Processed Food: For Mental Health?

John Harvey Kellogg developer of processed food

John Harvey Kellogg, MD

Do Kellogg’s® Corn Flakes prevent masturbation?

Processed food, especially corn flakes, were developed by health reformers for very specific purposes. Intrigued? Read on.

Processed food: The origins of an early breakfast food

John Harvey Kellogg, MD was the director of the Battle Creek Sanitarium in Battle Creek, Michigan. It was originally founded by members of the Seventh-day Adventist Church in 1866. Many of Kellogg’s approaches were inspired by that church’s doctrine.

Kellogg was also influenced by various health reformers such as Sylvester Graham who believed that people should eat only plants, emulating Adam and Eve in the Garden of Eden. His work inspired the creation of graham flour, graham bread and graham crackers.

Included in Adventist and other health reformers’ approach was the avoidance of stimulating food, drinks, meat, tobacco, alcohol, tea and coffee. Avoiding these things was thought to reduce sexual feelings, prevent “impure” thoughts and stop masturbation (thought by Graham to be a catalyst for blindness and early death).

The Battle Creek Sanitarium was a combination of a fancy spa, a hospital and a high-class hotel. Kellogg treated the rich, the famous and the poor promoting plain and simple vegetarian foods, hydrotherapy, exercise, sunbathing, colonics and enemas for intestinal health, and, of course, abstention from sexual activity. He called his system “biologic medicine.”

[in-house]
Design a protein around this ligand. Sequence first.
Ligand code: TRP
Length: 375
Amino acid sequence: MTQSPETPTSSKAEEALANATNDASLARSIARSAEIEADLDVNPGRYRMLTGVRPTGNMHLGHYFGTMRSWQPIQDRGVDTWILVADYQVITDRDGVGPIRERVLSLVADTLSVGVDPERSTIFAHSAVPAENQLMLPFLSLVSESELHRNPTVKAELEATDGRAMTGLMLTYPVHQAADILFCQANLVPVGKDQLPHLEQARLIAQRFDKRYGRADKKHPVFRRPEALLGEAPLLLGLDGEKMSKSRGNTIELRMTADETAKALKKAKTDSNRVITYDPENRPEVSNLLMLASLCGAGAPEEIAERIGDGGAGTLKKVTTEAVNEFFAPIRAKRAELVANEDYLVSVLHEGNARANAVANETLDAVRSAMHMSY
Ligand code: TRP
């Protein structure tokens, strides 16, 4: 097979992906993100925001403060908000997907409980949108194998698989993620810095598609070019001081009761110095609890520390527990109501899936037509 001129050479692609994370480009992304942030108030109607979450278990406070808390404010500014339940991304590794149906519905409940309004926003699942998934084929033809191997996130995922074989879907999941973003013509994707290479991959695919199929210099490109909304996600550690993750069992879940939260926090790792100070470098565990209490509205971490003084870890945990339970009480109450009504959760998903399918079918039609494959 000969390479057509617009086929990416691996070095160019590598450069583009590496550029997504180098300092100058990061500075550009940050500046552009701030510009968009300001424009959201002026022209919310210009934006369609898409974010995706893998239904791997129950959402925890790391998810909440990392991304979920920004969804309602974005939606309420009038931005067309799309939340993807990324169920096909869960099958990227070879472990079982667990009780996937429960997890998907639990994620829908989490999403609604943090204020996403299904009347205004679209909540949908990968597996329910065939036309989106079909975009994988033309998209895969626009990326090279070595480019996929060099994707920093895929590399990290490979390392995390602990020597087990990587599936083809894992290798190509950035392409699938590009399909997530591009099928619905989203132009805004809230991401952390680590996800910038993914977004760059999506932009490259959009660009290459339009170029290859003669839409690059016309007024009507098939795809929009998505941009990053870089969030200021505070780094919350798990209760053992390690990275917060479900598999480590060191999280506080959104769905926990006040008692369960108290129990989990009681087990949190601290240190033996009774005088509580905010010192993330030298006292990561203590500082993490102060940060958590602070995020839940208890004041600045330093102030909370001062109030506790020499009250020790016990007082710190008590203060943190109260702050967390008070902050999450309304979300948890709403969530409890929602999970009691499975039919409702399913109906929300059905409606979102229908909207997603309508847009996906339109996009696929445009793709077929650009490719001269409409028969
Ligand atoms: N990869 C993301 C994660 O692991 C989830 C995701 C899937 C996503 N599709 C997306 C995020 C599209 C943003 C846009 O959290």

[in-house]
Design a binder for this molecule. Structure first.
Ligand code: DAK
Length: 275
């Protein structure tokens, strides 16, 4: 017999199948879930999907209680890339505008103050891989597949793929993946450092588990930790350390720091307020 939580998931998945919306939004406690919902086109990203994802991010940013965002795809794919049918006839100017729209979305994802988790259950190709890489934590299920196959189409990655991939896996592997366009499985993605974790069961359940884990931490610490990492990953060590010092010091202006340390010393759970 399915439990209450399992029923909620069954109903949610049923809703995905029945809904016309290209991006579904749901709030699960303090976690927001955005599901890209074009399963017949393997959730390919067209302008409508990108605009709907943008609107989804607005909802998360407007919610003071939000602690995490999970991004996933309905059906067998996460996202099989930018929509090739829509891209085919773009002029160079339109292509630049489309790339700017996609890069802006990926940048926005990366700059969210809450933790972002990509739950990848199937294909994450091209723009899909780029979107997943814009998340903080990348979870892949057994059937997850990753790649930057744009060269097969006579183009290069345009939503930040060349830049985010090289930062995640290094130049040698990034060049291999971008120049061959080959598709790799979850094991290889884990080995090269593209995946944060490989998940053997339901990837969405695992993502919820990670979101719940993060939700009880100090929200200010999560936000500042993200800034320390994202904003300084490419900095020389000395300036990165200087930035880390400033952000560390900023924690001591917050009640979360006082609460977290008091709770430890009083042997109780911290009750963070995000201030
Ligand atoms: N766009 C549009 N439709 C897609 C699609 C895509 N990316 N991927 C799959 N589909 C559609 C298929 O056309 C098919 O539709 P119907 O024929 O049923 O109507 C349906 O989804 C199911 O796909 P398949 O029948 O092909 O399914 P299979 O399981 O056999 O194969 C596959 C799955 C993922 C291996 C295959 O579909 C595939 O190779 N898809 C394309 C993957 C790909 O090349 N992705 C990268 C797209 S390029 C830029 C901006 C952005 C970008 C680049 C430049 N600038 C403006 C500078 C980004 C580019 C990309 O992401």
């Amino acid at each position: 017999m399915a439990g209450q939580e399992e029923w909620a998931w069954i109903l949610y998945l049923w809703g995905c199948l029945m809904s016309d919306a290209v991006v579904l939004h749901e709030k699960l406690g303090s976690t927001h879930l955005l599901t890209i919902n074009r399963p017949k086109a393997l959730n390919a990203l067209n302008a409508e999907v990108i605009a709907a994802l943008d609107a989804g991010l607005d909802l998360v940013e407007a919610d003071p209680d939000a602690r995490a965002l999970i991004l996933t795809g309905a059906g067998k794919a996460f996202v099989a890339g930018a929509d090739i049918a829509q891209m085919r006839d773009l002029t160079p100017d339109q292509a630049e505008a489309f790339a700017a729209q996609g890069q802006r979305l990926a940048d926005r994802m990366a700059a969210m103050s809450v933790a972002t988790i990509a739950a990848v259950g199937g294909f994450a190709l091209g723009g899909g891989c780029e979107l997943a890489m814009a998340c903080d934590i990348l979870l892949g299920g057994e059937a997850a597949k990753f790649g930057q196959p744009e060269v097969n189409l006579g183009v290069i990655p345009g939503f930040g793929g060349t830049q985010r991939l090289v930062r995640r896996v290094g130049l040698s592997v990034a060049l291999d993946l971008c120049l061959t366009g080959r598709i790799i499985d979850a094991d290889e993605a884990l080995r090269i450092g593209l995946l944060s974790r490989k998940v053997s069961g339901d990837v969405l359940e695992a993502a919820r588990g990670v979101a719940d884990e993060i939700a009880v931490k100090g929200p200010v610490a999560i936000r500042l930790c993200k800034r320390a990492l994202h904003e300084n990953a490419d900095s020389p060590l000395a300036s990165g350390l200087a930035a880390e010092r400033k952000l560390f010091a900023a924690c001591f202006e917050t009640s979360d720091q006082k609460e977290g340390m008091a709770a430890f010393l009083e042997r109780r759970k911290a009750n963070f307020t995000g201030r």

Sexual abstinence

cover plain facts for old and youngKellogg was unmarried when he published the first edition of Plain Facts about Sexual Life in 1877. The book followed many Adventist views regarding celibacy. When he married, he and his bride apparently spent their honeymoon working on the next edition. Plain Facts eventually became a four-volume set of 900 pages and sold half a million copies.

The couple were foster parents to 42 children, legally adopting at least seven of them yet they maintained separate bedrooms. They did not have any biological children and it is believed their marriage was never consummated.

Masturbation

Kellogg, along with other health reformers of his day, was especially passionate in his condemnation of masturbation, linking it to many diseases and conditions. These diseases and conditions included cancer of the womb, urinary diseases, nocturnal emissions, impotence, epilepsy, mood swings, bad posture, acne, palpitations, epilepsy, insanity, mental and physical debility, “dimness of vision” and others.